While most employers understand what “unfair termination” means, many may be unfamiliar with the term “unfair labor practice” and what it entails. The Labor Relations Act (LRA) gives three general categories of conduct considered to be unfair labor practices: retaliation, wrongful pressure, and termination while under collective bargaining agreements.
Actions deemed retaliation are prohibited. These include the following scenarios:
- Termination or doing anything that results in employees, employee representatives, or committee members of labor unions or labor federations being no longer able to work with the employer while the labor union or employees take steps to prepare petitions, submit labor demands, or sue or give evidence to officers under labor protection laws.
- Termination or doing anything that results in the employee no longer able to work with the employer because of labor union membership.
- Hindering employees from holding labor union membership or asking employees to resign from union membership.
- Giving (or promising) money or property to employees either to not apply or to resign from union membership; also prohibited are such gifts or promises to a labor union officer to not accept employee membership applications.
- Hindering a labor union or labor federation from conducting activities, or hindering employees from exercising their rights as union members.
- Interfering in a labor union’s or labour federation’s activities without legal authority.
An example of wrongful pressure would be an employer directly or indirectly forcing an employee to be a union member or resign from union membership. The concept of wrongful pressure can also be connected to issues of retaliation—that is, doing anything that leads to the employer committing one of the actions detailed in the previous section.
Termination under collective bargaining agreements
While a collective bargaining agreement (CBA) between employees or a labor union and employers is in effect, the employer is prohibited from terminating anyone who is involved with labor demands. This includes employees, labor union committee and subcommittee members, employee representatives, and committee and subcommittee members of labor federations. However, exceptions to this rule exist if an employee commits one of the following offenses:
- Performs duties dishonestly or intentionally commits a criminal offense against the employer.
- Intentionally causes serious damage against the employer.
- Through negligence causes serious damage against the employer.
- Violates work rules or regulations, or disobeys orders that are legal and fair, despite having already been given a written warning by the employer (though the written warning requirement is waived for serious matters).
- Abandons his or her duties for a period of three consecutive work days without reasonable cause.
- Acts in any manner that supports or induces violation of a CBA or an order of a labour dispute arbitrator.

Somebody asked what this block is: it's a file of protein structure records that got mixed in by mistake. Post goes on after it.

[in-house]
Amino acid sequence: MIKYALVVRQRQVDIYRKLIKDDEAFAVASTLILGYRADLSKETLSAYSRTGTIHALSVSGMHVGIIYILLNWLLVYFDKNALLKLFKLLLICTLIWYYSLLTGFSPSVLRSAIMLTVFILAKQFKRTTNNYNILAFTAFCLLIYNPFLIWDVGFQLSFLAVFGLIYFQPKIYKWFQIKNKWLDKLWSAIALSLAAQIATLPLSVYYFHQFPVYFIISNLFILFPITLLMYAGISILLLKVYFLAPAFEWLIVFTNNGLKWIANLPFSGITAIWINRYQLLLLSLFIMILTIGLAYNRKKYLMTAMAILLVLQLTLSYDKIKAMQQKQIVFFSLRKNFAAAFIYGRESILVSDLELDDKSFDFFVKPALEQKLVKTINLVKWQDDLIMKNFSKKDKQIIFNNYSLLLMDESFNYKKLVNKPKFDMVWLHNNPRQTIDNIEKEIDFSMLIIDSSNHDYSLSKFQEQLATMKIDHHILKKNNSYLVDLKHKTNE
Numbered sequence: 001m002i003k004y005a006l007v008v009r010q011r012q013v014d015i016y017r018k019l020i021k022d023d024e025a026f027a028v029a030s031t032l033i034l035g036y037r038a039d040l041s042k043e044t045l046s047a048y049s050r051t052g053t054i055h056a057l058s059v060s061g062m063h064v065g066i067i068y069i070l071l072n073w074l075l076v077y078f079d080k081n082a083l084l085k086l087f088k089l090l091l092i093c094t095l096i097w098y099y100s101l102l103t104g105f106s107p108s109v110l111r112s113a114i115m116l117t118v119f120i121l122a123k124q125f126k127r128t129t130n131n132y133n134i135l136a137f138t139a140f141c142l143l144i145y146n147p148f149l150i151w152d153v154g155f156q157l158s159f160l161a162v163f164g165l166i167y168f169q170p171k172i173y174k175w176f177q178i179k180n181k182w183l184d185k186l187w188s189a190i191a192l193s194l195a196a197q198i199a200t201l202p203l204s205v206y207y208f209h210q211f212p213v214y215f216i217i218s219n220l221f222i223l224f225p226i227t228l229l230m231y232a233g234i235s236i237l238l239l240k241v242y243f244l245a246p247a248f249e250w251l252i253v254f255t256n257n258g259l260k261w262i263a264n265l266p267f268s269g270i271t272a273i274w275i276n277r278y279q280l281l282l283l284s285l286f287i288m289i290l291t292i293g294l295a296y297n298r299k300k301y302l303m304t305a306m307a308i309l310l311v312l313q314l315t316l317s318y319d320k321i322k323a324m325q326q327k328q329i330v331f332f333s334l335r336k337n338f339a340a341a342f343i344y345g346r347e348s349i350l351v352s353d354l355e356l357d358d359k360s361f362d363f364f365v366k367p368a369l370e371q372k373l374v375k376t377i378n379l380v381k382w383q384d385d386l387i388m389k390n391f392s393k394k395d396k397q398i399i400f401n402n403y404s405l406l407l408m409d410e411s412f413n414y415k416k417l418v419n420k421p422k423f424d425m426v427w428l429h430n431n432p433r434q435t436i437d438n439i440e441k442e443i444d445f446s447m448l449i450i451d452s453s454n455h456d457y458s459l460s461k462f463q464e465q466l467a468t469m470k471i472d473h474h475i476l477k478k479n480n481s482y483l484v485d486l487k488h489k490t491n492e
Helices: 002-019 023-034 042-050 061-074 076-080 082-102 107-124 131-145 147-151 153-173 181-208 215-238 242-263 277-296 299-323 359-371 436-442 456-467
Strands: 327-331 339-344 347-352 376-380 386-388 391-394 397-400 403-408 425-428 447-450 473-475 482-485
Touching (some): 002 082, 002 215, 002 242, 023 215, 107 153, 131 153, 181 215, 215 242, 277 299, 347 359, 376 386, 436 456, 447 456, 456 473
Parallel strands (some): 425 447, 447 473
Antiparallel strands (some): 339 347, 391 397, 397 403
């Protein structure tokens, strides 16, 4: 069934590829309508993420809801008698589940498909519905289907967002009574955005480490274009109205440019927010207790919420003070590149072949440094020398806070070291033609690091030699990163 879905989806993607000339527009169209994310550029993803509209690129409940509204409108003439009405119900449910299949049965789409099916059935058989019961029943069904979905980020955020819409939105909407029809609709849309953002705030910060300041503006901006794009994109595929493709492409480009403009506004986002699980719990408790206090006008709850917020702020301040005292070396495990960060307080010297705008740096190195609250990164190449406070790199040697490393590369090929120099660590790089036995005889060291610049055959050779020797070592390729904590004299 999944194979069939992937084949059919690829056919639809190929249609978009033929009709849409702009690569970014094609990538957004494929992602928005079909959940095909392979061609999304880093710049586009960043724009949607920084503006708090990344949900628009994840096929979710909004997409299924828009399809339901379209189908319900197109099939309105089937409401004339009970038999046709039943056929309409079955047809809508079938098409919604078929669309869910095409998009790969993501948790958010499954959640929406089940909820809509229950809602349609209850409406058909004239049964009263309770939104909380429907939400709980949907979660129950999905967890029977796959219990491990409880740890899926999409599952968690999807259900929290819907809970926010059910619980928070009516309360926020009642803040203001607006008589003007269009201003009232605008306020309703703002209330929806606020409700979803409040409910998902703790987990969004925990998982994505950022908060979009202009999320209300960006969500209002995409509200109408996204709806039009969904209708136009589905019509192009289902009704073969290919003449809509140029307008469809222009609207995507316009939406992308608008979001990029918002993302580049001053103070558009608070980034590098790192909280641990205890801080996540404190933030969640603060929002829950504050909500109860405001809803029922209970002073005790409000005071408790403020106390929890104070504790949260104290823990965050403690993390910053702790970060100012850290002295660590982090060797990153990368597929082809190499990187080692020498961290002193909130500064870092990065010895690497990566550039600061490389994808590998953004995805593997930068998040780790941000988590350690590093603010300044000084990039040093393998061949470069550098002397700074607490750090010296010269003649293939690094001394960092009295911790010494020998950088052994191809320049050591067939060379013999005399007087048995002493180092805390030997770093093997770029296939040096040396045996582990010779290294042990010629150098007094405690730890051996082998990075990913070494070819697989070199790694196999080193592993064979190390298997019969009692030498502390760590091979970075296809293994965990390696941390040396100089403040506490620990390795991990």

If an employer has need to terminate an employee for reasons other than the grounds listed above, the employer can terminate the employee even while the CBA is in effect. For example, if an employer suffers losses and cannot operate the business of a particular department, the termination is not an unfair labour practice (in fact, this very issue came up in a case before the Supreme Court in 2005). Another example—which again has been at issue in a case before the Supreme Court—would be the termination of an employee who has health problems and takes too many sick days in a year. In this situation, terminating the employee while the CBA is in effect is also not considered an unfair labor practice.
If anyone commits an unfair labor practice, the aggrieved person can submit a complaint to the Labor Relations Committee (LRC) within 60 days from the date of the violation. The LRC then needs to consider the complaint and issue an order within 90 days of receiving it. This step is crucial – if a person submits a petition to the labor court accusing another party of committing an unfair labor practice without having first proceeded with the LRC, the court must dismiss the petition.
The LRC will investigate the facts and evidence from both parties and will then issue an order – either dismissing the complaint (if the court believes the accusation is not true) or ordering the employer to take action to rectify or make amends for the unfair labor practice. This often takes the form of forcing an employer to reinstate a terminated employee or compensate the employee or concerned persons.
If a violator does not comply with an LRC order within a deadline stated by LRC, the violator will face criminal penalties such as imprisonment for up to six months, a fine of up to THB 10,000, or both.
In addition, if the LRC finds that an employer committed an unfair labor practice, and also orders the employer to reinstate the employee, the employer can petition the labor court to revoke the LRC’s order. However, if the court considers that the employer committed an unfair labor practice and the employee can no longer work with the employer, the court may order the employer to pay compensation to the employee instead of reinstatement.
This article was originally published in the Bangkok Post and is reproduced here with permission and thanks. The original story can be viewed on the Bangkok Post website.